Jayson Tatum has drawn plenty of comparisons to Celtics legend Paul Pierce - even from Pierce himself - and now, one of Pierce’s fellow recently retired rivals has taken a particular interest in Tatum’s game.
Lakers legend Kobe Bryant broke down Tatum’s game - and suggested an area where the 20-year-old Celtics rookie could improve - as part of Bryant’s show “Details” available online on ESPN+
Bryant focused on a play in the Celtics’ Eastern Conference Finals Game 2 victory over the Cavaliers where Larry Nance Jr. was defending Tatum. Bryant suggested that Tatum could take advantage of Nance playing in the paint to keep him from driving to the basket for a catch-and-shoot opportunity off the screen. He advises Tatum to use former Pistons and UConn star Rip Hamilton as an example.
Tatum responded with a one-word tweet:
Speaking as Tatum, who has already set a Celtics rookie record by scoring 20-plus points in five consecutive playoff games, Bryant imagines the rookie saying: "If I could figure out how to do that with my game, it’ll take my game to another level, it’ll make us a better team, and the sky’s the limit.”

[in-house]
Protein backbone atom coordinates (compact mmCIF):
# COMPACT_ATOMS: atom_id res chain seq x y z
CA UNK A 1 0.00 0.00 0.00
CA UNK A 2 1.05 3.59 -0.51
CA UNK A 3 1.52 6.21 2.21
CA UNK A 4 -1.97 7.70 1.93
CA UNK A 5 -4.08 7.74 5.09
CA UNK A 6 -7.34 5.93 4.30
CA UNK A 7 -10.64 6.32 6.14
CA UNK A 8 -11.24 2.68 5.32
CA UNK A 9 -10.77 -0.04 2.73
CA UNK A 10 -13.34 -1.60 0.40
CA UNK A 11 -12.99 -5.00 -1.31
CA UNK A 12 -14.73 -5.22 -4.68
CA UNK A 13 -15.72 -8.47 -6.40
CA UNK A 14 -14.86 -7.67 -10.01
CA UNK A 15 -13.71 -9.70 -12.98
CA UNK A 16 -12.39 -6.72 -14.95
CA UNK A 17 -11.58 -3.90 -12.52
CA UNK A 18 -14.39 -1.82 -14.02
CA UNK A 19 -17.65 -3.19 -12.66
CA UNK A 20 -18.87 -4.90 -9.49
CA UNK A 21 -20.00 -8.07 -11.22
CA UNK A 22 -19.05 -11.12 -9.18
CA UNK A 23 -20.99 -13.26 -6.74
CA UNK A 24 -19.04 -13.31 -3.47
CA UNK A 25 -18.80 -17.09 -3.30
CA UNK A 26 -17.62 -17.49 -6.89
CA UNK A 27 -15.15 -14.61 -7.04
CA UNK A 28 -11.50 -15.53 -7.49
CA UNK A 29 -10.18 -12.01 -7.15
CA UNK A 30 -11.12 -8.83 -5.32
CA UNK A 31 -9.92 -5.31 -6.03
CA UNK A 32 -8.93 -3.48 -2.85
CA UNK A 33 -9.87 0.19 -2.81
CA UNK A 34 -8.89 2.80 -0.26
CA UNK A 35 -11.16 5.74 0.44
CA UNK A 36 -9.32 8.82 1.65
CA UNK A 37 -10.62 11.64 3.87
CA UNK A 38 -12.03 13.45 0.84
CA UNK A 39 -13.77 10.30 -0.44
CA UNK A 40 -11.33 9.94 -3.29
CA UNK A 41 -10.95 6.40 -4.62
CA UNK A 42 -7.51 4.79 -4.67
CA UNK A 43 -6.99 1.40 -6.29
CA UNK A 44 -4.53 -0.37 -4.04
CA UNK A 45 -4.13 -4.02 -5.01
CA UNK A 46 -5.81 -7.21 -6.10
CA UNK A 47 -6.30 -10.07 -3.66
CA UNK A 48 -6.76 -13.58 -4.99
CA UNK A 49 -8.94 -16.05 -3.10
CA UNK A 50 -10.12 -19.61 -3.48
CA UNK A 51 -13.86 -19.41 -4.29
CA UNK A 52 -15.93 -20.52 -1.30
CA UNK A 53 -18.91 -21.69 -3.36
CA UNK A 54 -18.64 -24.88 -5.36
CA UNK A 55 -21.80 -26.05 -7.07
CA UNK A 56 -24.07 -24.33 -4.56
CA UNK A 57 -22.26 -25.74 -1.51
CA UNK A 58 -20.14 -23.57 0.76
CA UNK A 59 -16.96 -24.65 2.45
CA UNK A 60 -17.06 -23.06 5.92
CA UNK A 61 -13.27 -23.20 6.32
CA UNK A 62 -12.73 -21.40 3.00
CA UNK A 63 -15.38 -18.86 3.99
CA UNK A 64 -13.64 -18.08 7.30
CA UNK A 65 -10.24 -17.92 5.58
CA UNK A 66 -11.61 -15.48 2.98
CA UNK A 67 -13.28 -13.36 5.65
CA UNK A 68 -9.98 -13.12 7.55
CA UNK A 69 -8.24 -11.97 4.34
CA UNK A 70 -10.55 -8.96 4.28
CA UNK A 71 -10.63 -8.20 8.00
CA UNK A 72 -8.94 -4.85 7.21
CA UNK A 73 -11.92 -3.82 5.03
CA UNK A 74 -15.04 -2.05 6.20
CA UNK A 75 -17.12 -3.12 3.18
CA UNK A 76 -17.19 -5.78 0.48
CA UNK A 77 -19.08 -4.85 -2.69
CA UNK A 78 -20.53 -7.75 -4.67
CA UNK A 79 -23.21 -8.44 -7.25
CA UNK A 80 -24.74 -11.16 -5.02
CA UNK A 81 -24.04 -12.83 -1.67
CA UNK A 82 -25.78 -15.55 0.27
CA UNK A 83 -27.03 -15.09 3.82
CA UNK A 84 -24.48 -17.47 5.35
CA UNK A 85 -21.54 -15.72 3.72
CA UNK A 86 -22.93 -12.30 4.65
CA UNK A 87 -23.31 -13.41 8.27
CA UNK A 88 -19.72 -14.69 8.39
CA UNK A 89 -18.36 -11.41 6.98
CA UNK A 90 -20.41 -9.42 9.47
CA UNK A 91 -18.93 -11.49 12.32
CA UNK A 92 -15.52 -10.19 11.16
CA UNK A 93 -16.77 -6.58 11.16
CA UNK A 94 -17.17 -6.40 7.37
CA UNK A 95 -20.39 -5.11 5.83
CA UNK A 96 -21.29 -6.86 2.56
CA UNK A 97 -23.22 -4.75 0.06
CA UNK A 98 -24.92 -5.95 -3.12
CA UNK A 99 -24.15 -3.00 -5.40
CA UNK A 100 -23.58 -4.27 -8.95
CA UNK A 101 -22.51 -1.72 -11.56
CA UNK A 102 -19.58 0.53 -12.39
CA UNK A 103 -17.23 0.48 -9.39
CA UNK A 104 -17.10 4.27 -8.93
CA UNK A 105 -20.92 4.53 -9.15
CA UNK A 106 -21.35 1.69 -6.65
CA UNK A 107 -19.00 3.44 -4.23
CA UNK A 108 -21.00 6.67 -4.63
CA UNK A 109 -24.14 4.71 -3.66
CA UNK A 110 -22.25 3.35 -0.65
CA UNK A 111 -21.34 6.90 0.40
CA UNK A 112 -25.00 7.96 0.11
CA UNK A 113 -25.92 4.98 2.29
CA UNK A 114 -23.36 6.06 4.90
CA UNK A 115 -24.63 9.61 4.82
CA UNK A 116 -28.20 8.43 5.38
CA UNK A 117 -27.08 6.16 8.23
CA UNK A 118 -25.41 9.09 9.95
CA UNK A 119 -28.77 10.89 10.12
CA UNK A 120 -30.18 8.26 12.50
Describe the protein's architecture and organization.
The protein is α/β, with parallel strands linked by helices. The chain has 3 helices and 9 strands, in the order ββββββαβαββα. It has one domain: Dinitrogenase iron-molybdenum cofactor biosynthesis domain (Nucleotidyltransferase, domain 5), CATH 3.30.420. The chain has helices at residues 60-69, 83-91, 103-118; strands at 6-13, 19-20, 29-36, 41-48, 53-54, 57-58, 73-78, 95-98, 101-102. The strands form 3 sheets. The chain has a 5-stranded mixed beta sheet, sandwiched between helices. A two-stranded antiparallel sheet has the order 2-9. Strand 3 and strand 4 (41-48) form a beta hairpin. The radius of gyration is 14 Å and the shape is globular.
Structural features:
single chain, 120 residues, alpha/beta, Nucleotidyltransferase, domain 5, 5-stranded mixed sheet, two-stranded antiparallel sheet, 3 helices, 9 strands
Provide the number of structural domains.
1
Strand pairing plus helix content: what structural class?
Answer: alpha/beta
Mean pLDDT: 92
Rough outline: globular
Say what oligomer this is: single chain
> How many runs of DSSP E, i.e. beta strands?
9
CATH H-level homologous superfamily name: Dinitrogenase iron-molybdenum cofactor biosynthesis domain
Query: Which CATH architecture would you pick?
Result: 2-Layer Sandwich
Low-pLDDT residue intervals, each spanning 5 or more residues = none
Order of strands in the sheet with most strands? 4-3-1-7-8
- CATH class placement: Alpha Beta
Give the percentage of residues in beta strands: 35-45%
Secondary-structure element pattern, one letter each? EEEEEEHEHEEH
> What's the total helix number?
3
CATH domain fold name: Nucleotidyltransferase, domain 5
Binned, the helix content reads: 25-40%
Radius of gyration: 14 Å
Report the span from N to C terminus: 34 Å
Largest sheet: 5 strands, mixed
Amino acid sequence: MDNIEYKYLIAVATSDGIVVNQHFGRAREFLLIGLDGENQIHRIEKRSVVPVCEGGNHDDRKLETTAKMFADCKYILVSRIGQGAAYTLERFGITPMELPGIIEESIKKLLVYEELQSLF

A Laker legend helping a young Celtic get better?
Um, thanks, Kobe?
The Celtics are among several NBA teams with interest in signing Euro League star Brad Wanamaker, according to international basketball reporter David Pick.
The Orlando Magic, Brooklyn Nets, Philadelphia 76ers and Miami Heat also have interest in Wanamaker, according to Pick.
Wanamaker, 28, a 6-foot-4 guard, went undrafted out of the University of Pittsburgh in 2011. He's averaged 14.9 points and 4.9 assists and shot 43 percent, 36 percent from 3, in three Euro League seasons.
The Celtics got a solid season from European free-agent signee Daniel Theis of Germany last season (5.3 points, 4.3 rebounds in 14.9 minutes a game before a knee injury in March.
University of Miami guard Bruce Brown, who's from Boston, played in the area in high school and is a possibility when the Celtics pick 27th on Thursday night in the NBA draft, will work out for Boston for a second time this week, Keith Smith of RealGM reports.
Smith, 6-foot-5, 195 pounds, saw his draft stock drop after his sophomore season ended with a foot injury in January.
The defensive-minded point guard is an inconsistent shooter (27 percent on 3-pointers last season) but Smith reports he fits the mold of Avery Bradley, Terry Rozier and Marcus Smart.
Brown was born in Boston and played at Wakefield (Mass.) High and at Vermont Academy.
Also visiting the Celtics for a second workout, according to Tony Jones of the Salt Lake Tribune, is Cincinnati guard Jacob Evans, another defense-first guard who's bigger (6-6, 210), but similar to Brown.